Séance on a Wet Afternoon

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Photo Source: Carol Rosegg

Thanks to his sparkling French-flavored score for the musical "The Baker's Wife," I've always yearned for Stephen Schwartz to compose shows in musical languages outside of his signature 1970s pop vocabulary, which isn't to my taste. (Selfish, I know.)

So when I heard that he was writing an opera based on one of my favorite films, "Séance on a Wet Afternoon," I was excited. The result, making its New York debut at Lincoln Center's New York City Opera, though certainly not without its flaws, proves Schwartz, who did his own libretto, to be a first-rate musical dramatist. Directed with intelligence and insight by his son, Scott Schwartz, and powerfully delivered by a uniformly top-flight cast, "Séance" is a welcome addition to the modern opera canon.

The imaginative story, which began life as a novel by Mark McShane, centers on Myra Foster, a genuine psychic frustrated by her lack of renown. She and her devoted husband, Bill, devise an elaborate plan to kidnap a young girl, Adriana Clayton, and hold her for ransom, in order for Myra to save the day by leading the police to the child. It starts out well, with Adriana stashed in an upstairs bedroom convinced that she's in a hospital with a contagious disease, but things soon go wrong, and Myra's sanity, which is shaky at best, starts to slip as Bill desperately tries to contain the situation.

Let's start with the good. Schwartz's music, though undeniably conservative, serves the drama at every turn, even when it occasionally takes a wrong one. There are echoes of Copeland, Beeson, and Blitzstein, and even a quick tip of the hat to Sondheim's "Sweeney Todd" (at an entirely appropriate moment that I won't give away here). Infusing it with freshness is Schwartz's prodigious melodic gift, most notable in the song forms with which he dots the piece.

In particular, the introductory "One Little Lie," for Myra and Bill, is a terrific scene in song with deft lyrics, while Myra's Act 2 opener, "Brightness Falls," is chilling in its musical beauty juxtaposed with its malevolent content. Schwartz also rises to the requisite heights for the several séance scenes, with the final one a humdinger that leads to a haunting ending (kudos to the directing Schwartz for the inspired final stage image), which the composer wisely takes from the novel, not the softened film.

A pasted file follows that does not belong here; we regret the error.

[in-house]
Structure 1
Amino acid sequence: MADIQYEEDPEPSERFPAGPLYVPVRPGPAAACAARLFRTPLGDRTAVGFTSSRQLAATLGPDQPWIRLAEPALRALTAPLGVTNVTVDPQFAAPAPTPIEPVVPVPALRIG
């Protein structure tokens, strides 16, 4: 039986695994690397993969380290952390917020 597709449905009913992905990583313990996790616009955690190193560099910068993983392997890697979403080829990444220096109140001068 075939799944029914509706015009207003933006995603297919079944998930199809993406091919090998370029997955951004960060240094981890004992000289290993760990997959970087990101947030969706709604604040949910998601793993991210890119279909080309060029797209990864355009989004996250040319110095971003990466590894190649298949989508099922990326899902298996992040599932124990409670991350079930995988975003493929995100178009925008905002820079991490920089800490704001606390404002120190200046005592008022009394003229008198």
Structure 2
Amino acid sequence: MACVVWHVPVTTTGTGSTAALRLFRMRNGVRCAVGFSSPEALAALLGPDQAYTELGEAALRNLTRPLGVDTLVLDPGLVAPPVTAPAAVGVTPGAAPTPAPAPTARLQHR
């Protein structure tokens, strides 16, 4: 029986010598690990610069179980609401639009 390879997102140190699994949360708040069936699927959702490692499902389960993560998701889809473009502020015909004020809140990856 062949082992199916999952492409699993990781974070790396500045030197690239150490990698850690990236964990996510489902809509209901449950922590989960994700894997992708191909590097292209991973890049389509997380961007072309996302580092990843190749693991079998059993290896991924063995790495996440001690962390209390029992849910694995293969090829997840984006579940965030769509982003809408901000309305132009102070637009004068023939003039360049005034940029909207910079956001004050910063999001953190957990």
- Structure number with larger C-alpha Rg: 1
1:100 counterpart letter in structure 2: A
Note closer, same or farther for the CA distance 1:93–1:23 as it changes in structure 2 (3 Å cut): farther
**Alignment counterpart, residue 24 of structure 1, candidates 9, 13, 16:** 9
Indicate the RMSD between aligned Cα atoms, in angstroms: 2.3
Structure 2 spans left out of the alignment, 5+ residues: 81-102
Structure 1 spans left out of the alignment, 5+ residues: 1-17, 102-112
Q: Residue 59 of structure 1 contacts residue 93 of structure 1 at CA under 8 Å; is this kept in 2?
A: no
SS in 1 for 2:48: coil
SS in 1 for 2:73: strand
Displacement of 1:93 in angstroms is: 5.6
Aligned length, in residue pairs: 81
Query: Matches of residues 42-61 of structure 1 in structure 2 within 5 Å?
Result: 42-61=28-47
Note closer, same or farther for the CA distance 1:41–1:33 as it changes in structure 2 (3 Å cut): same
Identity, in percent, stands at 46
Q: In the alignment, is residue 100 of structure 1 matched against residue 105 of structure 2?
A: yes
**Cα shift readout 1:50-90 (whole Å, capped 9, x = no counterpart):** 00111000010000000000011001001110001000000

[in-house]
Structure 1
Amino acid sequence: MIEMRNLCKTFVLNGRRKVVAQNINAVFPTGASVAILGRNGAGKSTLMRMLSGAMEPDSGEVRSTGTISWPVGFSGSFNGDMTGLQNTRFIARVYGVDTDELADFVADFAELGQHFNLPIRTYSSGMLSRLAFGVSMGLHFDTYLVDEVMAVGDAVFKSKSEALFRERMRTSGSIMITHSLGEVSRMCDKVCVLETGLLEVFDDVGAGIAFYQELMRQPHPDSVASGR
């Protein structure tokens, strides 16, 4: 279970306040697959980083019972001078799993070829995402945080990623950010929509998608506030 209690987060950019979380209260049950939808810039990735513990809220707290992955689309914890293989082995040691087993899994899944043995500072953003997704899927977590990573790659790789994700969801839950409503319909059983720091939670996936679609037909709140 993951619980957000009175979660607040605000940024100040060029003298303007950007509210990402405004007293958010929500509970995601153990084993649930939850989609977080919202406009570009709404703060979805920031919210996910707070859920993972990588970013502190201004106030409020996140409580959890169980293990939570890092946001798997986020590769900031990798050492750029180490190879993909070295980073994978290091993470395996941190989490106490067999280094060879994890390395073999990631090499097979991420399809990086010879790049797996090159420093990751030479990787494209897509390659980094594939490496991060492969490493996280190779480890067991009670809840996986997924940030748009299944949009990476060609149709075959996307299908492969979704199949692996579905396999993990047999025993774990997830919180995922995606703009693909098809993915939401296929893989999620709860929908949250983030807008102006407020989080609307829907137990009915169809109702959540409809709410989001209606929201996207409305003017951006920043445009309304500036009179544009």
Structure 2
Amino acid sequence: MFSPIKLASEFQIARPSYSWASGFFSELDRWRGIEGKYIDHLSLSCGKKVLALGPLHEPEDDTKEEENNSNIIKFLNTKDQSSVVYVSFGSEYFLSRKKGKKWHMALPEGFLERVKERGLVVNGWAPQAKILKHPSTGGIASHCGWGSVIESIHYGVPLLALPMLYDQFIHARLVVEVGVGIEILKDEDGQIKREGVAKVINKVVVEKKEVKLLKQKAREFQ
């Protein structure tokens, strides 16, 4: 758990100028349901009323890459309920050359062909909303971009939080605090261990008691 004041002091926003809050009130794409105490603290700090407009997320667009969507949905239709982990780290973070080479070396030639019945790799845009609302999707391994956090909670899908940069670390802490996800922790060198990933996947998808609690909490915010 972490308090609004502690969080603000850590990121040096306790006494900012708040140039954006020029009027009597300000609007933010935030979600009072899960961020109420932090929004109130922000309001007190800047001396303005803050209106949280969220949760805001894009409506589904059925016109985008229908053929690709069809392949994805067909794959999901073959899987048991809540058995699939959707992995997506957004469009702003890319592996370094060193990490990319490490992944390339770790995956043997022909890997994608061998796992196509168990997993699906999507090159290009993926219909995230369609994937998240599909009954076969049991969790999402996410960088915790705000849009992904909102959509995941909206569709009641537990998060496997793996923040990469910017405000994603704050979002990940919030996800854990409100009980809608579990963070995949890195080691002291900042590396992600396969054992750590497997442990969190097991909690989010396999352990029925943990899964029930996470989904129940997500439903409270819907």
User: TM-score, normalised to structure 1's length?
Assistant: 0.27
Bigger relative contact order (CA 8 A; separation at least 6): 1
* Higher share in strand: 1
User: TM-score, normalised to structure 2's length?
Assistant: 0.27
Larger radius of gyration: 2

On the debit side, resetting the story from suburban England to San Francisco robs the Fosters' relationship of its creepy and very British sadomasochism. Schwartz tries to compensate in a big aria for Bill, sung rather unbelievably to Adriana, about how much he loved the young and happy Myra, but it's too sentimental, and this Bill is never completely credible as an enabler totally under his wife's thumb.

Expanding the roles of the girl's wealthy parents through a conflict over belief in the supernatural seems superfluous, and the use of a chorus of reporters to give us plot exposition that we see in the film (the kidnapping, police work) is stale musically, textually, and even in the staging. Finally, as is often the case with Schwartz, there are some bewildering verbal clunkers of breathtaking awkwardness, usually involving the too-effortful use of rhyme.

Schwartz's thoughtful orchestrations (done in collaboration with William David Brohn) sound great as played by the City Opera orchestra under George Manahan's taut baton, which also confidently guides the evening's splendid singing. Lauren Flanigan is a compelling Myra, fraying psychologically with flair, eerily unsettling in her communication with the ghost of her dead son, Arthur, and ferocious in her devotion to him and her gift.

Kim Josephson smartly stresses Bill's constant unease and hits a bull's eye in the climactic husband-and-wife battle over Arthur. Melody Moore makes a strong impression with Mrs. Clayton's Act 2 plea to her disbelieving husband to accept the possibility of the paranormal and attend a séance. Two young performers, Michael Kepler Meo and Bailey Grey, are focused and effective as the controlling Arthur and the suspicious Adriana.

Heidi Ettinger's two-story set, in which all the walls of the Foster's house are translucent, combines with David Lander's lights to create tension but misses the home's gothic qualities. Trundling the Claytons' den on and off on a wagon is awfully clunky, but Ettinger's framing curtains made of strings of metal work well in a variety of ways, including the suggestion of rain. Alejo Vietti's period costumes are suitably dowdy for the Fosters and elegant for the Claytons.

Schwartz merits praise for stretching himself artistically at a point in his career where he could sit back comfortably and enjoy his considerable success. Here's hoping "Séance" gets the recording and subsequent productions it most definitely deserves.

Presented by New York City Opera at the David H. Koch Theater, 20 Lincoln Center Plaza, NYC. April 19–May 1. Schedule varies. (212) 721-6500 or www.nycopera.com.